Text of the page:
6 Key Insights From The Generations Of Flowers Study

6 Key Insights From The Generations Of Flowers Study

Bidens 'Blazing Glory' from Danziger Flowers.

On May 16, GreenhouseGrower.com reported on the results of the new “Generations Of Flowers” study that tracked how and why consumers are buying flowers and plants. The study from the Society of American Florists (SAF) and the American Floral Endowment (AFE) was originally commissioned in 2009 to evaluate perceptions and purchasing/gift-giving behavior regarding flowers and plants among three key generations: Generation Y, Generation X, and Baby Boomers. This year, SAF and AFE worked in partnership to update the 2009 study.


On June 30, SAF worked with Russell Research to present a webinar addressing key findings and implications from the study. Speaker Marc Goulet at Russell offered six key insights from the study.

1. Flowers are widely valued across generations, and purchases are driven by a sensory and emotional connection.
• Three in four consumers have a high appreciation of flowers, according to the study. Of note, Generation Y’s appreciation increased significantly between 2009 and 2016.
• Color, sight, smell, and fragrance are big factors.
• Flowers provide a special emotional feeling for those who purchase them.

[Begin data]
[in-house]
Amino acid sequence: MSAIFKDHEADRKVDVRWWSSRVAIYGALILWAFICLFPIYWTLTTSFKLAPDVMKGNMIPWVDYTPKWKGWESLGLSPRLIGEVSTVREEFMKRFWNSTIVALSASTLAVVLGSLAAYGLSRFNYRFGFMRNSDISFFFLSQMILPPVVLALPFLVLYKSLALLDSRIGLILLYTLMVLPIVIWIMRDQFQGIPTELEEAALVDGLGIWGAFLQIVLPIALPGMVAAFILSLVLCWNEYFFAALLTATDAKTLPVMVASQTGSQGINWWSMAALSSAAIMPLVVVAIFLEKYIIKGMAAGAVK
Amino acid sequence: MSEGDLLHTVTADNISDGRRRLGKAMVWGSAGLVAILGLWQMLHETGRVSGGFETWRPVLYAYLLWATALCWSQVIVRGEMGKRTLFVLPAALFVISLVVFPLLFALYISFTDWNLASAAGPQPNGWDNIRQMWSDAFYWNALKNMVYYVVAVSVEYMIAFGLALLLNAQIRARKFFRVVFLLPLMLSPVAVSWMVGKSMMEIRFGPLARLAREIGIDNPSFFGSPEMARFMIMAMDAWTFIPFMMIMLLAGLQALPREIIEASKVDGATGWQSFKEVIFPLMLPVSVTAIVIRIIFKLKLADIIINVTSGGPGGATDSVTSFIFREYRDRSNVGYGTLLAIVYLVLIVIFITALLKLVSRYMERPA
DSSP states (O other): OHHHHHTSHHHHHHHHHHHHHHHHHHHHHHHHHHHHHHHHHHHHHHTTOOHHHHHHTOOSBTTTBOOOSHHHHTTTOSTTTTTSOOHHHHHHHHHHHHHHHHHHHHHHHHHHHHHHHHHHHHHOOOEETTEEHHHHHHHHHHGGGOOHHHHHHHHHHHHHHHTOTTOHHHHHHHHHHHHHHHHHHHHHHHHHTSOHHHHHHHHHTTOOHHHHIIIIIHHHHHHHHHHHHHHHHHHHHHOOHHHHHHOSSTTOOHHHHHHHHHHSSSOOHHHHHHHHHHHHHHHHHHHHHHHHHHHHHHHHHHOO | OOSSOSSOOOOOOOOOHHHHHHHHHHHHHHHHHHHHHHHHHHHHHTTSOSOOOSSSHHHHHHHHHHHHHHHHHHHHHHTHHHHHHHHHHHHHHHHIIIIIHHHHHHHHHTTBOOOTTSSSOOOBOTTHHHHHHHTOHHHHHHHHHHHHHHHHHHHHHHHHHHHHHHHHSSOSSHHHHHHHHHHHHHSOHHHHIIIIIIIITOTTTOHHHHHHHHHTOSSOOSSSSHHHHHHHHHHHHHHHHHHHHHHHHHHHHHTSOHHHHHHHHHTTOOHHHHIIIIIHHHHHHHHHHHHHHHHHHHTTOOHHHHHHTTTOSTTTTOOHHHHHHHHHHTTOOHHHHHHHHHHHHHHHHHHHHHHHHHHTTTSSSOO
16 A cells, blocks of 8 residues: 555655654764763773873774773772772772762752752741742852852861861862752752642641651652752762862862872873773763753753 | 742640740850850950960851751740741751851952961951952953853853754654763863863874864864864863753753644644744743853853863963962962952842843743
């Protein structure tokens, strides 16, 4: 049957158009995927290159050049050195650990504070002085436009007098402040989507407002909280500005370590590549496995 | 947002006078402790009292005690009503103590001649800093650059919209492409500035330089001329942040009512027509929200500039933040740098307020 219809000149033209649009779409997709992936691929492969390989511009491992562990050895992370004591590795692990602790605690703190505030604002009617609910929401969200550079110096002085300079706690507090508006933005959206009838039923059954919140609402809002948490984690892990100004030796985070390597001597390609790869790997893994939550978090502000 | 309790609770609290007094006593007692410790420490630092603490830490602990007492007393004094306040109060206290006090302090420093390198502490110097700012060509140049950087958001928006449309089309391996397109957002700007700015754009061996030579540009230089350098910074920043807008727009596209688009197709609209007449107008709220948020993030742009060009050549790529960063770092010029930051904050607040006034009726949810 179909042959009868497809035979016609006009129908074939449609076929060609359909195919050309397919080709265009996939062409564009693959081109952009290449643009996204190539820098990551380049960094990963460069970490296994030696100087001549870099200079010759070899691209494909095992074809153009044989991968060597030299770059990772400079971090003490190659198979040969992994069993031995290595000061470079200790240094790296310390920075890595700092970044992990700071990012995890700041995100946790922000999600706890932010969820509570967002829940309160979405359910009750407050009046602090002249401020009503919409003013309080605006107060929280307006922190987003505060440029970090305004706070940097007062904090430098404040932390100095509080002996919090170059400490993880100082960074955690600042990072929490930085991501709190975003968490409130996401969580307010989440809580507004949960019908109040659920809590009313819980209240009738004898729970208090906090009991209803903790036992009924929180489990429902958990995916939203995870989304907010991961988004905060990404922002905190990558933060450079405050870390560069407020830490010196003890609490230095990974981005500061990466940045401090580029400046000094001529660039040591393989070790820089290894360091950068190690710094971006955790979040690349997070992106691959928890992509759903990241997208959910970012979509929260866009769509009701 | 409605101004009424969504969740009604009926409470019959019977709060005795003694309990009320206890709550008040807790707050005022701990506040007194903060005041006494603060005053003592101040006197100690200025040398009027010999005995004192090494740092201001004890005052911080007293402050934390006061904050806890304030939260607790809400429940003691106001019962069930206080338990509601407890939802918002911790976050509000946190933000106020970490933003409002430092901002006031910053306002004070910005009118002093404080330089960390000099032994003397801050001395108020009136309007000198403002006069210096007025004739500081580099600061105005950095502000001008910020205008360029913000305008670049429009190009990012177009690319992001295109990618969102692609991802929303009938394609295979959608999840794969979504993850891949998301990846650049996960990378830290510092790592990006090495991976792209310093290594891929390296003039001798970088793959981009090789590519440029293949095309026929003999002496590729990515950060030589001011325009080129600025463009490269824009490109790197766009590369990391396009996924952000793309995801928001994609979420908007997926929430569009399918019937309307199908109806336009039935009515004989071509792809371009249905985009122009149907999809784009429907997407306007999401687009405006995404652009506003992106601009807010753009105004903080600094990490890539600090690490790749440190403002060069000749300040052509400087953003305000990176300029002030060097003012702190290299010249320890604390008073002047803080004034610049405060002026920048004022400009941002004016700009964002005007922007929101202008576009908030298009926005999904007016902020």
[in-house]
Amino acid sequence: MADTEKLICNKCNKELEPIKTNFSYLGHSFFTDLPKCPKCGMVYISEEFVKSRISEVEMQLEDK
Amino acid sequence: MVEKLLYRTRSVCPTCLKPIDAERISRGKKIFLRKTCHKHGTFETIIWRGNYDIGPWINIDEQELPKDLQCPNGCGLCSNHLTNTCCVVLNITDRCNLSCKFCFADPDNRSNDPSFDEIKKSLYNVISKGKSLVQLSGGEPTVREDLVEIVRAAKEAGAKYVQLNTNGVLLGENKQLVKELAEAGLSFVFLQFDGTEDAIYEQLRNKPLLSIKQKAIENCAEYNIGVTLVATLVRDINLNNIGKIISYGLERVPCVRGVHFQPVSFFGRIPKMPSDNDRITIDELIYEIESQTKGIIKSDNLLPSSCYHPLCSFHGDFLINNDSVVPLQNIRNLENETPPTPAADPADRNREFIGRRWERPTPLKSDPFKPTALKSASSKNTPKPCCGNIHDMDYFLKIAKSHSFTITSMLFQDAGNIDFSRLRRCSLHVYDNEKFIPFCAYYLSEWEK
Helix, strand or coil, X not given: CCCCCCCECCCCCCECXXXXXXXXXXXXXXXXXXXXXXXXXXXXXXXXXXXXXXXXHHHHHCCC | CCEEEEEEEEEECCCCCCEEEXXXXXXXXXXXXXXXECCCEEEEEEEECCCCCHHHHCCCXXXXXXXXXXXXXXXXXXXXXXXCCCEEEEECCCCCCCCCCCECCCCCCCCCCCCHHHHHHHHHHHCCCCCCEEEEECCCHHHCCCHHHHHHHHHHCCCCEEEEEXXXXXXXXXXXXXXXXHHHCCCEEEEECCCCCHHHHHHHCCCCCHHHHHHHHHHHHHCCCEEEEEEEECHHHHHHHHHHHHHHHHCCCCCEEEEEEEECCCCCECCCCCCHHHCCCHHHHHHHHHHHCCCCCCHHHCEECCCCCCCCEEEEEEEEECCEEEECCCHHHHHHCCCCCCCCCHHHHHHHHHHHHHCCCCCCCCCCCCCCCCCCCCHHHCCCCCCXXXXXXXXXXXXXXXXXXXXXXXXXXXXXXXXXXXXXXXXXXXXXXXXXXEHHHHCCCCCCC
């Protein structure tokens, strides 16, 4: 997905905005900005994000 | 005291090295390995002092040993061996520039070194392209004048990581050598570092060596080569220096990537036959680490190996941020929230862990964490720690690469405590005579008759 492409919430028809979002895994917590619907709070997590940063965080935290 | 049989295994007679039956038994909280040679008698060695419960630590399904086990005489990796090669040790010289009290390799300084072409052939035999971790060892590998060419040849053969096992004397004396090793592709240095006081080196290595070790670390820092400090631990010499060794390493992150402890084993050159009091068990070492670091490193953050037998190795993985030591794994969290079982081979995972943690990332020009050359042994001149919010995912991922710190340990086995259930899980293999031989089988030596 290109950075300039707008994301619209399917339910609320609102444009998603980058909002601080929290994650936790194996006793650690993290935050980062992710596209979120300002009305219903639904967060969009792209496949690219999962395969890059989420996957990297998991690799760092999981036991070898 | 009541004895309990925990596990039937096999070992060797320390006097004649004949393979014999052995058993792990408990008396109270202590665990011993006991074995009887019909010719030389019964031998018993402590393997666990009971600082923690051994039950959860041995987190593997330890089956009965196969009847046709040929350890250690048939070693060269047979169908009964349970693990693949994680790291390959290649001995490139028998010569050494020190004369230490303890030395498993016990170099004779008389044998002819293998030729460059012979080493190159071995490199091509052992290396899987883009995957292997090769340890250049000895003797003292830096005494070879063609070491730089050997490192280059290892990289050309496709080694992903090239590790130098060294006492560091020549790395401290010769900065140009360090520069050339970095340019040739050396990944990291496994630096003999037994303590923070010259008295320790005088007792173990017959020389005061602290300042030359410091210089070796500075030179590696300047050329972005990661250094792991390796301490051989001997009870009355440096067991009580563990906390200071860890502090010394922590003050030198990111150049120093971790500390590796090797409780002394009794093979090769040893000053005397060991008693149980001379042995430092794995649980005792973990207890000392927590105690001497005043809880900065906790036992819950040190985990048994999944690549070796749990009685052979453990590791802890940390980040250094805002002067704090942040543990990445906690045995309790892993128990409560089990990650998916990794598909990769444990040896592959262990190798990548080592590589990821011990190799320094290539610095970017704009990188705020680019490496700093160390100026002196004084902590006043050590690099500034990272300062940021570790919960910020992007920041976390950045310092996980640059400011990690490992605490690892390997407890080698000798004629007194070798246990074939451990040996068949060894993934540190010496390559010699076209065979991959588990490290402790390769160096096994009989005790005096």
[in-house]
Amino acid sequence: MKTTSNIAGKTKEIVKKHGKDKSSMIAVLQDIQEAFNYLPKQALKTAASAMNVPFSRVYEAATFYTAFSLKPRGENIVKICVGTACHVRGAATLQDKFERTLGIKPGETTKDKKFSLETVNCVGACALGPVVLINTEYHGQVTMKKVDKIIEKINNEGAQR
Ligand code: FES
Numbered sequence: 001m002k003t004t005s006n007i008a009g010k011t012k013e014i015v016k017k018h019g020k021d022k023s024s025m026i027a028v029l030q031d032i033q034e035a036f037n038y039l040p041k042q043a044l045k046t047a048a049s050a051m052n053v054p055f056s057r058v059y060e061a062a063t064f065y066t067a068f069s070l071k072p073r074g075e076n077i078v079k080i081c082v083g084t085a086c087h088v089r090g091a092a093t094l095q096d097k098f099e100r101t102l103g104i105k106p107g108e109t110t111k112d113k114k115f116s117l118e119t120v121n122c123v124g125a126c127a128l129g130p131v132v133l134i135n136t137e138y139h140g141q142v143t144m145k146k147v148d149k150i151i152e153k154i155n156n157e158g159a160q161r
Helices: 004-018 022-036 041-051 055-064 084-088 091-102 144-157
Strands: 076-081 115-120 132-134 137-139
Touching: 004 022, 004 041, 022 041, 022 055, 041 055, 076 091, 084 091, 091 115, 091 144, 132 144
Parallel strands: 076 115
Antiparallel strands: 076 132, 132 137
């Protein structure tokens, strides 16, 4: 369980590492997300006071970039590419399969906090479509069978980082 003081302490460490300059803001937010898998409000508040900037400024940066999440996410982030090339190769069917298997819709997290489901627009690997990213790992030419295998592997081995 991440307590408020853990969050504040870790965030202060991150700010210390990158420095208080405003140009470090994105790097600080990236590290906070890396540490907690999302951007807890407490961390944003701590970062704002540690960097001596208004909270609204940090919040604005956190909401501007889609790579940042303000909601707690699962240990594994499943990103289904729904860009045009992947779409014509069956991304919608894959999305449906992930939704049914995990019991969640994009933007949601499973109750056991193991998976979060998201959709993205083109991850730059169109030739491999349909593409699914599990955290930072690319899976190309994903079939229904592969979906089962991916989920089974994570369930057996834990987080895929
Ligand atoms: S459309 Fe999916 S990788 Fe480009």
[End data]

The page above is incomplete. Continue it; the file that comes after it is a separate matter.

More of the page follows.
2. Gifting is the most common reason for floral purchases, and local is the most popular channel for buying. Supermarket purchases have dropped off in recent years.
• Half of consumers who purchase flowers buy them for a holiday or specific occasion
• Most consumers buy at local florists.

3. There is still a high number of people buying flowers for themselves, and in this buying segment, farmers’ market purchases are increasing.
• 40% of these consumers purchased flowers for home decoration.
• Local florists and supermarkets have a pretty equal share in this category.

4. There is currently a positive purchase trend for flowers. Consumers no longer see cost as a reason not to purchase flowers, and houseplant purchases are increasing.
• 18% of people are purchasing more frequently for themselves, and fewer people say they are buying less flowers.
• 34% say cost is a barrier, compared to 46% in 2009
• Quick shelf life remains the biggest barrier to flower purchases.
• Generation Y are buying more houseplants

5. Being local and offering expert recommendations are hidden opportunities for the floral industry.

6. In 2009, there were many generational differences in the study. These differences narrowed in the most recent study.

Goulet also presented some implications for the floral industry to consider:
• There have been considerable attitude and behavior improvements; of note, this does mirror overall consumer sentiments from 2009 to 2016.
• Friends/family and social media are the primary ways consumers like to learn more about flowers, which means florists who can create shareable experiences should do well.
• There are educational opportunities for local florists among people who don’t know enough about flowers.
• Flowers have surpassed jewelry as a popular gift among Generation X.
• Despite these positive indicators, florists still need to deliver on value.
• Florists who offer convenience through a web site, better delivery options, or other venues have an advantage.